Sister Organizations Pool Their Resources to Share SIEM and Logging
CAA Shares SIEM and Logging Case Study US
Only LogRhythm provided the group with two options.
You’ve heard the expression, “Two can live as cheaply as one.” Sometimes that old adage applies to IT solutions as well. Five of the nine member clubs of the Canadian Automobile Association (CAA) pooled their funds to buy and share one instance of a high-end logging and SIEM system. It was either that or each club spending separately to buy their own solutions that offered fewer features and capabilities.
I mention this because it’s unusual that a vendor would allow – much less encourage – sister companies to share a single solution. Most vendors would prefer to sell a separate product to each company and earn a bigger paycheck. The lesson here is, you never know what kind of deal a vendor is willing to give you until you ask.
Paul Schubert is director of technology services for CAA Saskatchewan, one of the five clubs involved in the deal. Schubert says his organization, along with CAA Manitoba, CAA Atlantic, CAA Niagara and CAA North & East Ontario, all needed to deploy logging for PCI compliance. “We all needed the same functionality, but the cost of each club purchasing its own product just didn’t make sense,” Schubert says.
Schubert said the group contacted several log management vendors with their plan to go in together on a purchase. Only LogRhythm provided the group with two options: Each club could separately install its own log management system with a small feature set (what every other vendor proposed); or the five clubs could act as a single entity and implement one larger, more feature rich system.
Schubert says the clubs are logging everything with the exception of one isolated application. “We are logging the complete environment, from end to end – firewalls, virtual machine hosts, servers, IPSs. Everything, both physical and virtual.”
With each club contributing one-fifth of the purchase price, all five clubs would gain the use of a much more robust system at the same cost of each club buying its own basic tool.
The LogRhythm multi-tier architecture, which is designed to support multiple branch offices and remote locations, is what enabled the CAA clubs to share the solution. Schubert’s club, CAA Saskatchewan, hosts the LogRhythm servers in its data center. Schubert created an isolated segment of his network to host the LogRhythm environment and VPN tunnels to the four other club locations.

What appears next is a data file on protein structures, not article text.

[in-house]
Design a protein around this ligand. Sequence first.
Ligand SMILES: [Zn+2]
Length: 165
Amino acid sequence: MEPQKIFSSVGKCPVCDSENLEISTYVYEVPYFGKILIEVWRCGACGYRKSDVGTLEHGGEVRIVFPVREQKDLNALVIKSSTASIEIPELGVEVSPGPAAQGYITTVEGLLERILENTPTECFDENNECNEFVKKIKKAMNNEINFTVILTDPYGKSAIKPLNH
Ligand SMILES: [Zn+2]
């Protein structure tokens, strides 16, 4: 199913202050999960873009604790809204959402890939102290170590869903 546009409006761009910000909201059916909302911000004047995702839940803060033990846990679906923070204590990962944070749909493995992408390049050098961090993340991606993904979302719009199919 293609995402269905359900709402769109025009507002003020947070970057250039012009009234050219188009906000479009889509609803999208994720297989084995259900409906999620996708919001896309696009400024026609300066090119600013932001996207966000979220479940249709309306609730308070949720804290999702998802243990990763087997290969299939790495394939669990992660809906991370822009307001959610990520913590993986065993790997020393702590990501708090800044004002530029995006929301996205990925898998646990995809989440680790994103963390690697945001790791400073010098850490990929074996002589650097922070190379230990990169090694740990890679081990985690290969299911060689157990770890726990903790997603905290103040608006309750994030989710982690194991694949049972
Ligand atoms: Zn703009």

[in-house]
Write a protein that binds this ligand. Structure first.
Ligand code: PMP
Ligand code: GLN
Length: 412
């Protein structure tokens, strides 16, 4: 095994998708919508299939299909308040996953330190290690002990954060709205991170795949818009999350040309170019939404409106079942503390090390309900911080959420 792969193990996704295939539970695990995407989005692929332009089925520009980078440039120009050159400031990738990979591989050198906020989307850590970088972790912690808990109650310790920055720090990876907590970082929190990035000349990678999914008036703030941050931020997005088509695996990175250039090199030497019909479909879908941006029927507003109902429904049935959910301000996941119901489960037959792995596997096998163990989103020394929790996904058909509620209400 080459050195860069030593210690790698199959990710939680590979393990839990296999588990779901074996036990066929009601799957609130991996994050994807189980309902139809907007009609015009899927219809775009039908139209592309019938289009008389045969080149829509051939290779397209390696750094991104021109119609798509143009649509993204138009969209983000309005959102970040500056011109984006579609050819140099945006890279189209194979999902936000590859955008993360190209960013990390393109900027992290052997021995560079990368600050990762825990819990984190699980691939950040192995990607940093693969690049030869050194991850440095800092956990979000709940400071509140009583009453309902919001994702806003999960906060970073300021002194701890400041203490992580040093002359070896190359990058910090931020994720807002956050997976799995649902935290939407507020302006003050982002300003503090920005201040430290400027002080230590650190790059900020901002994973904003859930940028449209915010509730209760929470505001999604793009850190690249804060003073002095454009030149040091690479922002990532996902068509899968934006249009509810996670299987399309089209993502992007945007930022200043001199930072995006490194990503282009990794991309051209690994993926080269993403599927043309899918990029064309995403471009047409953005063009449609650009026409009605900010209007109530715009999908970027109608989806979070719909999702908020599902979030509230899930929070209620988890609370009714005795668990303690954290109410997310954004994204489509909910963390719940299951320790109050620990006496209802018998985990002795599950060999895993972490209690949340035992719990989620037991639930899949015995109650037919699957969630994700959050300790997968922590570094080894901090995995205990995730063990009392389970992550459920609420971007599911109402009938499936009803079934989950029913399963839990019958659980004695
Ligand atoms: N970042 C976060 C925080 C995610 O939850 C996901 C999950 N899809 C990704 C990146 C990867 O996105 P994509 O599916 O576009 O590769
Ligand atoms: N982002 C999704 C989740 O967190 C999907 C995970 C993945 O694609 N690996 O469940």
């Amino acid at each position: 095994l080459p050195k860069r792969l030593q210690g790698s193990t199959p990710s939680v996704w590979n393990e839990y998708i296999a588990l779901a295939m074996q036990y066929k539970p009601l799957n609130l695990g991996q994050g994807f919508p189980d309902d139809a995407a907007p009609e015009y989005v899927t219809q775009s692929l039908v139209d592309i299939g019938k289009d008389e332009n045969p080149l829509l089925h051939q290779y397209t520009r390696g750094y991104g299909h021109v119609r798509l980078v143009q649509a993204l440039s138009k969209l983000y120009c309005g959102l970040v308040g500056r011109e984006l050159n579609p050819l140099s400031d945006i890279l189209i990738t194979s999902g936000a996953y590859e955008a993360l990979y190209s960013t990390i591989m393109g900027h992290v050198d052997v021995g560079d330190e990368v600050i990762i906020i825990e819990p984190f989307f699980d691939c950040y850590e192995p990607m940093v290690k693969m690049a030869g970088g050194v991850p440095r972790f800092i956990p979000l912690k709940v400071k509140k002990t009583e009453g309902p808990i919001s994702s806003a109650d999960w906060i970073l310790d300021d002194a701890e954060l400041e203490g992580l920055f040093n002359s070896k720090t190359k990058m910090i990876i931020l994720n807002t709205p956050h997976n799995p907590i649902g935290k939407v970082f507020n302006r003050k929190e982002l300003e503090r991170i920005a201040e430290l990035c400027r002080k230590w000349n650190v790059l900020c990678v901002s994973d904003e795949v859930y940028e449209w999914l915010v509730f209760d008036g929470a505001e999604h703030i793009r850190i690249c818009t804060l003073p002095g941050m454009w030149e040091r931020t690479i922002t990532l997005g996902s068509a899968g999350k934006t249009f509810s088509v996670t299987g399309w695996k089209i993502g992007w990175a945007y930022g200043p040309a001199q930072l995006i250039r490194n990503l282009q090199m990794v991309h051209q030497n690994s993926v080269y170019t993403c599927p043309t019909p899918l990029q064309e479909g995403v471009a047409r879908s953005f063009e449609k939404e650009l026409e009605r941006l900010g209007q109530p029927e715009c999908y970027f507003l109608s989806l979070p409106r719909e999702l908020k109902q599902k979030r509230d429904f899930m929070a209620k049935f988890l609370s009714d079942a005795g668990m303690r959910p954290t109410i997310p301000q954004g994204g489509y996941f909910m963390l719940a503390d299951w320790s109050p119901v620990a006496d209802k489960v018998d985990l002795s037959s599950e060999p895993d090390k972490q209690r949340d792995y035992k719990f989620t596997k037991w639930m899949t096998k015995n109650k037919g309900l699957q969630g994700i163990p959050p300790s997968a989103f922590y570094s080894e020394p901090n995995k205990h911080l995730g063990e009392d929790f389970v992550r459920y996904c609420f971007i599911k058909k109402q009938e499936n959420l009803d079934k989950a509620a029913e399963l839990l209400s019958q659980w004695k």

The remote clubs all have an agent that collects the local logs and feeds them to the central servers in Saskatchewan where the data is analyzed. If the data warrants a security or operational alert, it is sent via email to the appropriate club where action can be taken as needed.
The commingling of the clubs’ data is not an issue for PCI compliance, largely because the individual clubs are part of the same parent organization and they have contractual agreements among themselves to address privacy and other data issues. “We reviewed our implementation with our PCI QSA (Qualified Security Assessor), and the QSA believes we are in compliance with the regulation,” Schubert says. At some future point, the clubs may decide to restrict access to only their own data, which LogRhythm can also accommodate if needed.
In addition to meeting the logging requirement for PCI compliance, the five CAA clubs enjoy the benefit of being able to look at central logs for security and operational issues. For example, Schubert says instead of having to correlate 60 server logs manually (if that even is possible), users now go to one service that aggregates and correlates all the information and allows them to generate reports as needed. The clubs also appreciate the audit trails that LogRhythm generates.
Implementation time and effort was another important selection criterion for the CAA clubs. “With LogRhythm, we got the complete package without the need for customization,” Schubert says. “Other products would let us do what LogRhythm does, but we would have had to spend too much time and too many resources in setting up the data capture, getting the logs into a central system, and developing the reports we need. We were also concerned about unsupported devices.”
In contrast, Schubert says the LogRhythm implementation was easy. He says the five clubs together spent a total of about 40 man-hours in deployment and getting the system to do everything they need it to do.
Now that all the clubs are up and running, the next big step will be to use the LogRhythm correlation and alerting capabilities to streamline troubleshooting and reduce the overall problems in their respective environments. The clubs expect to be able to fix a lot of little problems faster and to detect other hidden problems they don’t even know about yet.
For these five automobile clubs spread across Canada, a little bit of collaboration on IT operations is paying off big. Without LogRhythm’s multi-tier architecture and the vendor’s willingness to view five individual clubs as one entity, each club might still be struggling to implement its own isolated log management system.